Several times during the following weeks, Mr. Martin phoned the Nortons and gave them such updates as he could. During one such call, he said, "You don't know how much of a comfort that dog is to me, as well as to Sally. I feel as though I can leave for work each morning, knowing that Sally is well taken care of. And when I come home, she's sleeping peacefully. Ella never leaves her side, unless I'm there to take her place for a few minutes. I don't know how to repay you."

But Sabrina didn't want any reward - she had had that, just in knowing that her little sacrifice had made a difference. And when the call came, saying that Sally had slipped away, Sabrina thought long and hard. Mr. Martin would be all alone, now, with no one else to care for, like he had cared for the sick little girl.

"Mama," she spoke finally, as they were driving over to the bereaved man's home. "I want to do something for Mr. Martin, now he's all alone."

"That's sweet, honey. What do you want to do?"

"As much as I miss Ella, I think she should stay with Mr. Martin; as long as I get to see her, now and then."

And that, my friends, is what love is. It's not merely an emotion, but an action, a sacrifice of one's own will, to give peace and happiness to another.

Anna {Follow me for reviews! (✿◡‿◡)} Dorothy, your story is wonderful.

message 7: by Zakle (new)

Zakle | 2 comments Annabel in Numberland (409 words; this was an answer to a music prompt back when Figment was a thing. I used Paul Shapera's The Dolls of New Albion musicals, the first act of his ever expanding, wacky, and terribly sad universe.)

The euphoria Annabel McAlistair felt throughout the day vanished when Jasper, her dear Jasper, finally spoke. As the voicebox faded back into silence and the mannequin head flopped to the side like the lifeless thing it once was, she slowly stood and walked away, her legs suddenly weak. It wasn't supposed to happen. The moment of happiness when he realized he was alive again, the talks they would have, the companionship she never knew. Those were supposed to happen and yet …

"Elysium. The place where your sorrows end. Why’d you bring me here? Oh, why’d you bring me here? Why’d you bring me here again?"

Those words, coming out as a song from her use of the radio, dawned painful reality. Jasper didn't want to be there. Jasper was happy on the silent shores of death. And she took him away, she caused him pain.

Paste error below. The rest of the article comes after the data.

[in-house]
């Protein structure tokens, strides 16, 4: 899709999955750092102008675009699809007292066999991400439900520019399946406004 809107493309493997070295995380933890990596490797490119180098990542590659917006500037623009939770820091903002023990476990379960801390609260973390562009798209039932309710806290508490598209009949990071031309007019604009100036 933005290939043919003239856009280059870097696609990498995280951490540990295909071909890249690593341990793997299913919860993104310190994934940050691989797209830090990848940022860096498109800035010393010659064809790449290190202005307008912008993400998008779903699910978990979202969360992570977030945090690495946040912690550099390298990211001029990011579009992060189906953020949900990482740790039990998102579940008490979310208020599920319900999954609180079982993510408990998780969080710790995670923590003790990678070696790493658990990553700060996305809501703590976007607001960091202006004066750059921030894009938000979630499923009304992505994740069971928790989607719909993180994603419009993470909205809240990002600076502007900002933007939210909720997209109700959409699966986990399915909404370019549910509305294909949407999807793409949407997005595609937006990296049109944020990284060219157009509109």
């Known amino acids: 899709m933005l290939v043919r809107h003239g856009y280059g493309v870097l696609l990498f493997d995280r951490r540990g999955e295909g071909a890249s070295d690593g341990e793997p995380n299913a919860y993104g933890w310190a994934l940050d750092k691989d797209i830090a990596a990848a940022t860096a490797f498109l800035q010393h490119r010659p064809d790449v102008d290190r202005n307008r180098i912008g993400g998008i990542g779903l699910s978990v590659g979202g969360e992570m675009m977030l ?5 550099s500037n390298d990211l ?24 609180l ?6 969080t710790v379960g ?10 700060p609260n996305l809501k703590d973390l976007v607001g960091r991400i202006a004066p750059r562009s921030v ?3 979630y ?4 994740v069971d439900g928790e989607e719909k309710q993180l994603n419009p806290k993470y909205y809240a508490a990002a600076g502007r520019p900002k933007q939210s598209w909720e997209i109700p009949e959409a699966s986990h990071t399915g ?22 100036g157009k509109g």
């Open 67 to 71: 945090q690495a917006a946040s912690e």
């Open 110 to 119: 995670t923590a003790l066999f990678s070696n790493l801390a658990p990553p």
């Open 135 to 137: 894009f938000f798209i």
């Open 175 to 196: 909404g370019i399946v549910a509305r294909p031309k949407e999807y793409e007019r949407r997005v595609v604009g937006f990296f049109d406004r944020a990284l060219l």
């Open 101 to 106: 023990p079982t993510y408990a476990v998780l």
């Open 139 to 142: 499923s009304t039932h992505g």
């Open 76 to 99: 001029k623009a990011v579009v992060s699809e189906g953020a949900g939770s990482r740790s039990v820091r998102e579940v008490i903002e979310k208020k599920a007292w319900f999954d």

Annabel picked up her notes, not really seeing any of the words she obsessed over and knew like the back of her hands. The maths, the facts, the fractions couldn't help her see the outcome.

"You could have been my angel," she said, rapidly blinking to keep the tears at bay. "You could have saved me."

Annabel remembered clearly the first time they met. He didn't even know she existed and yet she loved him from a distance. They only had one moment. A moment that ended with a kiss.

They had talked for hours. If it was even possible, she had fallen even further in love with Jasper that day.

Then she was expelled.

Jasper died in an accident.

She brought him back. She finally showed the world she was useful and she did something no one else had ever done before--she conquered life and death.

Of course, failure had to hold her hand through it all. Her hands tightened around the notes.

"Forgive me, Jasper." Annabel let go of the crumpled papers, her fingers curling around the handle of an ax.
The Narrator watched, her body turning to stay out of Annabel's touch. She stayed silent for several moments, simply watching, simply thinking before she turned to the nearby audience to finish the first generation's story.

"So, Annabella destroys her Doll, her beloved toy-boy, and takes all the notes that she made and packs them away. Thus Annabel vows that she won’t tell a soul and stay lonely. Defeated now, she sadly creeps back to her lab."